Another refinement of the present invention having particular practical relevance is also achieved by the fact that the curvatures of parallel planes of the second main articular surface have radii that decrease from the lateral side toward the medial side of the joint in the forward- and/or upward-directed angular position and at the same time the curvatures of parallel planes of the second main articular surface have radii that decrease from the medial side to the lateral side of the joint in the rearward- and/or downward-directed angular position. This results in a reversal of the characterization of the contact surface between the first and second main articular surfaces based on the plane across the main function plane depending on the angular position of the joint. In this way, the desired degrees of freedom of each individual angular position can be adapted according to the required properties. The two main articular surfaces contact one another in a linear contact which extends approximately perpendicular to the main function plane. Because of the varying radii in the main articular surface, the linear contact between the main articular surfaces in the forward-directed angular position is in a wedge-shape with the tip of the wedge on the medial side and in the posteriorly directed angular position, the linear contact is to be found with the tip of the wedge on the lateral side with a non-positive engagement. The reason for the wedge-shaped contact line is the differing incongruence.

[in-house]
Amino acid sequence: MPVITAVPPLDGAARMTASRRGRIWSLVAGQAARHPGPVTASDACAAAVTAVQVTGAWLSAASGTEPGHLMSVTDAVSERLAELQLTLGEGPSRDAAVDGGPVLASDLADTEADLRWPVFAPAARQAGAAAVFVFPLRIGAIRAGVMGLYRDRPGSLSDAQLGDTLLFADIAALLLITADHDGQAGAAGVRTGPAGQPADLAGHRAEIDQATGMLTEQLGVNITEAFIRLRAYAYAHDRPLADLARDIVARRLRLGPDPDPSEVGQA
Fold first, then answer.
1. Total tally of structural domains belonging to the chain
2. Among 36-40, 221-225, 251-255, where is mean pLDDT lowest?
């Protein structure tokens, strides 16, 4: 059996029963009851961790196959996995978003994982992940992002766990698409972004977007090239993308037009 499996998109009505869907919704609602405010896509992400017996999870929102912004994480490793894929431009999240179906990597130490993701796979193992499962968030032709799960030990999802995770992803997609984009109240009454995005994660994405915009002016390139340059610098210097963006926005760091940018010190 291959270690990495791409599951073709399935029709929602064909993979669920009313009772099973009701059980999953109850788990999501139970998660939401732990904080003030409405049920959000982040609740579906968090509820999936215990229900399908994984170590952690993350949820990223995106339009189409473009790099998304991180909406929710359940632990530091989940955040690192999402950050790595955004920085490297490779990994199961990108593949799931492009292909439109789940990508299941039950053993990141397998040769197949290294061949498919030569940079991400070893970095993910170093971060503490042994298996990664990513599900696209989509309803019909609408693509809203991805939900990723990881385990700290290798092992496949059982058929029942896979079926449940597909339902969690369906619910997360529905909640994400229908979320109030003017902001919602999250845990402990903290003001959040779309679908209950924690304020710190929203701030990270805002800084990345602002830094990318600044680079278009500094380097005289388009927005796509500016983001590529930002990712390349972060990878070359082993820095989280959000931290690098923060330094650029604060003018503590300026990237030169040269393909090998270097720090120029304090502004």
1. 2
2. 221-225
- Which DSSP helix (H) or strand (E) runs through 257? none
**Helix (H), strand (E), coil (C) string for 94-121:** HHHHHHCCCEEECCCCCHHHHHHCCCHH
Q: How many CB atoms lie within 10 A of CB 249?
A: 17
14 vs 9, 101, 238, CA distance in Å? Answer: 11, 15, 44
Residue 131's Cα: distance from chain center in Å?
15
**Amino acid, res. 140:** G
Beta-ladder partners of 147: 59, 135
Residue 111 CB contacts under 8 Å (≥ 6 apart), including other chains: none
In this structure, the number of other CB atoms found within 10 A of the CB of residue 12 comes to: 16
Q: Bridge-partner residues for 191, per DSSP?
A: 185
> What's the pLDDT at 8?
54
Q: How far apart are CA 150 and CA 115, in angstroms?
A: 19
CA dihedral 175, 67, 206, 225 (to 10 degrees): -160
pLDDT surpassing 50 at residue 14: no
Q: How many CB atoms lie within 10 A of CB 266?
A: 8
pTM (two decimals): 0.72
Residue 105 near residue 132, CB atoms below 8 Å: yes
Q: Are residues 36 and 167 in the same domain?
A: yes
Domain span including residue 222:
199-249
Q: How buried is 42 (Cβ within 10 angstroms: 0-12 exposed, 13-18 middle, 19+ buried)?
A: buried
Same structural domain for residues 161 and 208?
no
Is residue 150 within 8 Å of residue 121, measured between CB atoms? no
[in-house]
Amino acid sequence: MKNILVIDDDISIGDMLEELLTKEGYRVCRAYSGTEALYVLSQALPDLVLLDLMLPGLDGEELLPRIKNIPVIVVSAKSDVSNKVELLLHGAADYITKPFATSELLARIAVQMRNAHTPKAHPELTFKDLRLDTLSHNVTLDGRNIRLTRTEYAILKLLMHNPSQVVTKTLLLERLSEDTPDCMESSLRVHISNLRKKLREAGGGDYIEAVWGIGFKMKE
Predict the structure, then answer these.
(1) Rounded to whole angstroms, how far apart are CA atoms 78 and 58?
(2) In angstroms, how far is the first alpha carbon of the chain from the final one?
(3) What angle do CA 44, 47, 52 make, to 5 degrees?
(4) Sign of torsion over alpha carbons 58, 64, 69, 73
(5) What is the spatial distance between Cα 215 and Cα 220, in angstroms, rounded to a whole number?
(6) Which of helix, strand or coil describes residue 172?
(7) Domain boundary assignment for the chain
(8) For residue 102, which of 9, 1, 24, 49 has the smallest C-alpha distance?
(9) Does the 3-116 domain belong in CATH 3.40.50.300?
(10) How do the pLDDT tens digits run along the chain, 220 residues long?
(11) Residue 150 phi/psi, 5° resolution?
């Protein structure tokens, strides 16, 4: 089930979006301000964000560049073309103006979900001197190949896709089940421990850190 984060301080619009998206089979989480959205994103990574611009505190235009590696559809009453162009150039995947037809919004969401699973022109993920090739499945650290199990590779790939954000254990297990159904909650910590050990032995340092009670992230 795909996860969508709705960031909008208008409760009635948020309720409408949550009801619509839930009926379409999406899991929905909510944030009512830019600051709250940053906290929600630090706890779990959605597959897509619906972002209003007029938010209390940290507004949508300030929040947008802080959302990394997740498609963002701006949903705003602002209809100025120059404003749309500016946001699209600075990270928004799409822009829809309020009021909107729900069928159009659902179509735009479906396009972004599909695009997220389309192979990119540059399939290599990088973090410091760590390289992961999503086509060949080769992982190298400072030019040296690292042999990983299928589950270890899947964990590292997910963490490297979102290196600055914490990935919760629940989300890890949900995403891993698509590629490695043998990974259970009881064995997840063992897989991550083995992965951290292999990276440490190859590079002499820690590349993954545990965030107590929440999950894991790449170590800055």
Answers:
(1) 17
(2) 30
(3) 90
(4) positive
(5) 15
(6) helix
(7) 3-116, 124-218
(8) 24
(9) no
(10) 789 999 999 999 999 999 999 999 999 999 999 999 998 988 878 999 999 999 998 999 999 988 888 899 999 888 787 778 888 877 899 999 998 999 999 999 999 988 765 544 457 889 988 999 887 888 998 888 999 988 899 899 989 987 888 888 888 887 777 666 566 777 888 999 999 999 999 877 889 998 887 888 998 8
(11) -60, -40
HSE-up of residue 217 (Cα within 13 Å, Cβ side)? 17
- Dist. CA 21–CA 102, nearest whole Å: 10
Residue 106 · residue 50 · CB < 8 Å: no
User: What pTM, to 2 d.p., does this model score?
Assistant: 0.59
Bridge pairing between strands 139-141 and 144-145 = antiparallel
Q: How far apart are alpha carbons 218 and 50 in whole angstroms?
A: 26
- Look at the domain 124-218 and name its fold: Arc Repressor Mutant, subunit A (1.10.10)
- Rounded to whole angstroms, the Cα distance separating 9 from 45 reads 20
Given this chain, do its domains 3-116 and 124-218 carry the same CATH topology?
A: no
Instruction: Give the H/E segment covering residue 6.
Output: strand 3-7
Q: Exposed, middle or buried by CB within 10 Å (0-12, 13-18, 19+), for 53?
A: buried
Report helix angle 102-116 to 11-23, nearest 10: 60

In practice, a modification of the joint has proven to be especially suitable when the curvatures are composed of several individual radii with a steady transition. In this way mechanical wear can be minimized while at the same time a movement sequence that is harmonious for the patient can be achieved.